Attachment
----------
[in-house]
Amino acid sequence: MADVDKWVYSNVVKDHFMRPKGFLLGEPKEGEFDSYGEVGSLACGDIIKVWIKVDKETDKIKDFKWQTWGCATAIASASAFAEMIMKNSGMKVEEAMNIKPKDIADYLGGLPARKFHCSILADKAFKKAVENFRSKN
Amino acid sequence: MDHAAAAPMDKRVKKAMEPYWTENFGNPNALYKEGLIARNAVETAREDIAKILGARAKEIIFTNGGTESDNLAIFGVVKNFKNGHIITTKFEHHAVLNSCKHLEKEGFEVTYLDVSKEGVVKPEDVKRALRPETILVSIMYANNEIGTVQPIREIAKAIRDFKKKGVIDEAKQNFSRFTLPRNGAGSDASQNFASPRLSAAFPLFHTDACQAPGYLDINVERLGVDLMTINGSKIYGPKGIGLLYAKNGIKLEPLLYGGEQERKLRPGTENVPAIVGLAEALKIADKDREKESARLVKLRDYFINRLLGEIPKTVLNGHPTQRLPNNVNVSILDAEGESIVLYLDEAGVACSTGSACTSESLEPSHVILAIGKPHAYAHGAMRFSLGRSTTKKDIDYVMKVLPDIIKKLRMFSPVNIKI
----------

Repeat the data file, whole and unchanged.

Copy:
[in-house]
Amino acid sequence: MADVDKWVYSNVVKDHFMRPKGFLLGEPKEGEFDSYGEVGSLACGDIIKVWIKVDKETDKIKDFKWQTWGCATAIASASAFAEMIMKNSGMKVEEAMNIKPKDIADYLGGLPARKFHCSILADKAFKKAVENFRSKN
Amino acid sequence: MDHAAAAPMDKRVKKAMEPYWTENFGNPNALYKEGLIARNAVETAREDIAKILGARAKEIIFTNGGTESDNLAIFGVVKNFKNGHIITTKFEHHAVLNSCKHLEKEGFEVTYLDVSKEGVVKPEDVKRALRPETILVSIMYANNEIGTVQPIREIAKAIRDFKKKGVIDEAKQNFSRFTLPRNGAGSDASQNFASPRLSAAFPLFHTDACQAPGYLDINVERLGVDLMTINGSKIYGPKGIGLLYAKNGIKLEPLLYGGEQERKLRPGTENVPAIVGLAEALKIADKDREKESARLVKLRDYFINRLLGEIPKTVLNGHPTQRLPNNVNVSILDAEGESIVLYLDEAGVACSTGSACTSESLEPSHVILAIGKPHAYAHGAMRFSLGRSTTKKDIDYVMKVLPDIIKKLRMFSPVNIKI